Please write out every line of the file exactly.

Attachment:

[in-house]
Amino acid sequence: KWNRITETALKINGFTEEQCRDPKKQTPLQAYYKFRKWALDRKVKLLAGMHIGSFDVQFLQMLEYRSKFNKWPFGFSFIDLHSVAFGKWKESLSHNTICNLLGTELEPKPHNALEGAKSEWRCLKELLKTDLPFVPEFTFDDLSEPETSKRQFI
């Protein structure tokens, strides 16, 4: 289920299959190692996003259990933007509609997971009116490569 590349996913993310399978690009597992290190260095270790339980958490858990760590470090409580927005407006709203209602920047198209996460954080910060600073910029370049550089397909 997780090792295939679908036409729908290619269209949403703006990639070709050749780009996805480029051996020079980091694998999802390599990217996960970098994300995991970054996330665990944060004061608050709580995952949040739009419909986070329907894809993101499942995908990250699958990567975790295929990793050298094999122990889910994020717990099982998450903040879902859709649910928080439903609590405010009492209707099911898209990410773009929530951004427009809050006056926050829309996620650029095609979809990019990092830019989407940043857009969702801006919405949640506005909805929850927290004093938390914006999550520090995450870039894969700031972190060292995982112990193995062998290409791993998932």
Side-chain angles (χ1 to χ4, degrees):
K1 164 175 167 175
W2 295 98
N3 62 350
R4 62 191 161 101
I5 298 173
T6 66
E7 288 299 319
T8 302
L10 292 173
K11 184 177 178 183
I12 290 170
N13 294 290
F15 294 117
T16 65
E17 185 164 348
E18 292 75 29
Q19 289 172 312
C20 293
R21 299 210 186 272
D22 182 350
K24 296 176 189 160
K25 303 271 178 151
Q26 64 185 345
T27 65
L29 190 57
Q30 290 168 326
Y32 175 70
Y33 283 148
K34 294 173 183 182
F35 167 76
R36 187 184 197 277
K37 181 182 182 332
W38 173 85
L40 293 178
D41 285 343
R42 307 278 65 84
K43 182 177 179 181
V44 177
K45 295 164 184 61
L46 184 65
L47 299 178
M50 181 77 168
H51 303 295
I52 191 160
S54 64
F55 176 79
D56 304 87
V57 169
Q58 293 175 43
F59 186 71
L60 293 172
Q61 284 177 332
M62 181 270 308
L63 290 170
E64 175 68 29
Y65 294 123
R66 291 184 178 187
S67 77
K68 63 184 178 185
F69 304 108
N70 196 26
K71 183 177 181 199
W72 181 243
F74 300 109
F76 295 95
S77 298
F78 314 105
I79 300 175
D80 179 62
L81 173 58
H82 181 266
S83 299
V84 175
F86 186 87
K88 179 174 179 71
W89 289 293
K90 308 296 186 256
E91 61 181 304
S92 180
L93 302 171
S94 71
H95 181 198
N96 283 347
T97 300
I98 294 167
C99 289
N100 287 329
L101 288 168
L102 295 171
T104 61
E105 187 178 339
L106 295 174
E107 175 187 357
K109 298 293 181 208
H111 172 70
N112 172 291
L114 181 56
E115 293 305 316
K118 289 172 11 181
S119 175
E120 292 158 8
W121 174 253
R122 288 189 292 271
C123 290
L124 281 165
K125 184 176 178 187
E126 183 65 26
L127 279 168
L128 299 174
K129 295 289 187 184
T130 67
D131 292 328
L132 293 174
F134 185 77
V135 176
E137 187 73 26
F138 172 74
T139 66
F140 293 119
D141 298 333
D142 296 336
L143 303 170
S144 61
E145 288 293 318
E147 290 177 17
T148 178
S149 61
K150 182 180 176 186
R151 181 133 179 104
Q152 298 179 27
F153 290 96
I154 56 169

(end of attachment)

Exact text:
[in-house]
Amino acid sequence: KWNRITETALKINGFTEEQCRDPKKQTPLQAYYKFRKWALDRKVKLLAGMHIGSFDVQFLQMLEYRSKFNKWPFGFSFIDLHSVAFGKWKESLSHNTICNLLGTELEPKPHNALEGAKSEWRCLKELLKTDLPFVPEFTFDDLSEPETSKRQFI
């Protein structure tokens, strides 16, 4: 289920299959190692996003259990933007509609997971009116490569 590349996913993310399978690009597992290190260095270790339980958490858990760590470090409580927005407006709203209602920047198209996460954080910060600073910029370049550089397909 997780090792295939679908036409729908290619269209949403703006990639070709050749780009996805480029051996020079980091694998999802390599990217996960970098994300995991970054996330665990944060004061608050709580995952949040739009419909986070329907894809993101499942995908990250699958990567975790295929990793050298094999122990889910994020717990099982998450903040879902859709649910928080439903609590405010009492209707099911898209990410773009929530951004427009809050006056926050829309996620650029095609979809990019990092830019989407940043857009969702801006919405949640506005909805929850927290004093938390914006999550520090995450870039894969700031972190060292995982112990193995062998290409791993998932």
Side-chain angles (χ1 to χ4, degrees):
K1 164 175 167 175
W2 295 98
N3 62 350
R4 62 191 161 101
I5 298 173
T6 66
E7 288 299 319
T8 302
L10 292 173
K11 184 177 178 183
I12 290 170
N13 294 290
F15 294 117
T16 65
E17 185 164 348
E18 292 75 29
Q19 289 172 312
C20 293
R21 299 210 186 272
D22 182 350
K24 296 176 189 160
K25 303 271 178 151
Q26 64 185 345
T27 65
L29 190 57
Q30 290 168 326
Y32 175 70
Y33 283 148
K34 294 173 183 182
F35 167 76
R36 187 184 197 277
K37 181 182 182 332
W38 173 85
L40 293 178
D41 285 343
R42 307 278 65 84
K43 182 177 179 181
V44 177
K45 295 164 184 61
L46 184 65
L47 299 178
M50 181 77 168
H51 303 295
I52 191 160
S54 64
F55 176 79
D56 304 87
V57 169
Q58 293 175 43
F59 186 71
L60 293 172
Q61 284 177 332
M62 181 270 308
L63 290 170
E64 175 68 29
Y65 294 123
R66 291 184 178 187
S67 77
K68 63 184 178 185
F69 304 108
N70 196 26
K71 183 177 181 199
W72 181 243
F74 300 109
F76 295 95
S77 298
F78 314 105
I79 300 175
D80 179 62
L81 173 58
H82 181 266
S83 299
V84 175
F86 186 87
K88 179 174 179 71
W89 289 293
K90 308 296 186 256
E91 61 181 304
S92 180
L93 302 171
S94 71
H95 181 198
N96 283 347
T97 300
I98 294 167
C99 289
N100 287 329
L101 288 168
L102 295 171
T104 61
E105 187 178 339
L106 295 174
E107 175 187 357
K109 298 293 181 208
H111 172 70
N112 172 291
L114 181 56
E115 293 305 316
K118 289 172 11 181
S119 175
E120 292 158 8
W121 174 253
R122 288 189 292 271
C123 290
L124 281 165
K125 184 176 178 187
E126 183 65 26
L127 279 168
L128 299 174
K129 295 289 187 184
T130 67
D131 292 328
L132 293 174
F134 185 77
V135 176
E137 187 73 26
F138 172 74
T139 66
F140 293 119
D141 298 333
D142 296 336
L143 303 170
S144 61
E145 288 293 318
E147 290 177 17
T148 178
S149 61
K150 182 180 176 186
R151 181 133 179 104
Q152 298 179 27
F153 290 96
I154 56 169